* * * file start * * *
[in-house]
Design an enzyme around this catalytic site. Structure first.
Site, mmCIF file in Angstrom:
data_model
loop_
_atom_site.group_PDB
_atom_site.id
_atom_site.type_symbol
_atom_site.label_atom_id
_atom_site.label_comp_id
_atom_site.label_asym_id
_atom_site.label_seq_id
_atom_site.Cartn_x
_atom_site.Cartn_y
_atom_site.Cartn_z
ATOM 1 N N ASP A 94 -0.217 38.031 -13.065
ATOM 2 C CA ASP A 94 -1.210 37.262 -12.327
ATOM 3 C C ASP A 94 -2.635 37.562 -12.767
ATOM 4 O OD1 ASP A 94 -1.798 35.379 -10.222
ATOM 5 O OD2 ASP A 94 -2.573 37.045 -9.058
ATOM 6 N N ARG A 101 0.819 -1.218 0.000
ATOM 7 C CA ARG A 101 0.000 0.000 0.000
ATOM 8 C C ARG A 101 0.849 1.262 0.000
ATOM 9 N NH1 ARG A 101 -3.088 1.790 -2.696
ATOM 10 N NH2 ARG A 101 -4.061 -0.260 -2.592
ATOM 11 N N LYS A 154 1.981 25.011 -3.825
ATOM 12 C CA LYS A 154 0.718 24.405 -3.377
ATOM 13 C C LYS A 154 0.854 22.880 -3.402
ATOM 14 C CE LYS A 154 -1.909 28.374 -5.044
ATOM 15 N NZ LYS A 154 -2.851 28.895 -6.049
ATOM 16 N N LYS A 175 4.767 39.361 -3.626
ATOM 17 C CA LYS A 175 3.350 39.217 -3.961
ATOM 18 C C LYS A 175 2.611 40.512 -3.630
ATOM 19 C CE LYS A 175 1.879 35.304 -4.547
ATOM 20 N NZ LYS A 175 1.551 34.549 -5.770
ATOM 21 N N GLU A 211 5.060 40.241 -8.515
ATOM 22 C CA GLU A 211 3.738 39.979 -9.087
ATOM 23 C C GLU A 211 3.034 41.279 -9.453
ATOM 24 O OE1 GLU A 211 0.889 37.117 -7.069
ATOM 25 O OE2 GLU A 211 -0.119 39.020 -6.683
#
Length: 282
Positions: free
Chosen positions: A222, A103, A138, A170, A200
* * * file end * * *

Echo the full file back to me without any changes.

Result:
[in-house]
Design an enzyme around this catalytic site. Structure first.
Site, mmCIF file in Angstrom:
data_model
loop_
_atom_site.group_PDB
_atom_site.id
_atom_site.type_symbol
_atom_site.label_atom_id
_atom_site.label_comp_id
_atom_site.label_asym_id
_atom_site.label_seq_id
_atom_site.Cartn_x
_atom_site.Cartn_y
_atom_site.Cartn_z
ATOM 1 N N ASP A 94 -0.217 38.031 -13.065
ATOM 2 C CA ASP A 94 -1.210 37.262 -12.327
ATOM 3 C C ASP A 94 -2.635 37.562 -12.767
ATOM 4 O OD1 ASP A 94 -1.798 35.379 -10.222
ATOM 5 O OD2 ASP A 94 -2.573 37.045 -9.058
ATOM 6 N N ARG A 101 0.819 -1.218 0.000
ATOM 7 C CA ARG A 101 0.000 0.000 0.000
ATOM 8 C C ARG A 101 0.849 1.262 0.000
ATOM 9 N NH1 ARG A 101 -3.088 1.790 -2.696
ATOM 10 N NH2 ARG A 101 -4.061 -0.260 -2.592
ATOM 11 N N LYS A 154 1.981 25.011 -3.825
ATOM 12 C CA LYS A 154 0.718 24.405 -3.377
ATOM 13 C C LYS A 154 0.854 22.880 -3.402
ATOM 14 C CE LYS A 154 -1.909 28.374 -5.044
ATOM 15 N NZ LYS A 154 -2.851 28.895 -6.049
ATOM 16 N N LYS A 175 4.767 39.361 -3.626
ATOM 17 C CA LYS A 175 3.350 39.217 -3.961
ATOM 18 C C LYS A 175 2.611 40.512 -3.630
ATOM 19 C CE LYS A 175 1.879 35.304 -4.547
ATOM 20 N NZ LYS A 175 1.551 34.549 -5.770
ATOM 21 N N GLU A 211 5.060 40.241 -8.515
ATOM 22 C CA GLU A 211 3.738 39.979 -9.087
ATOM 23 C C GLU A 211 3.034 41.279 -9.453
ATOM 24 O OE1 GLU A 211 0.889 37.117 -7.069
ATOM 25 O OE2 GLU A 211 -0.119 39.020 -6.683
#
Length: 282
Positions: free
Chosen positions: A222, A103, A138, A170, A200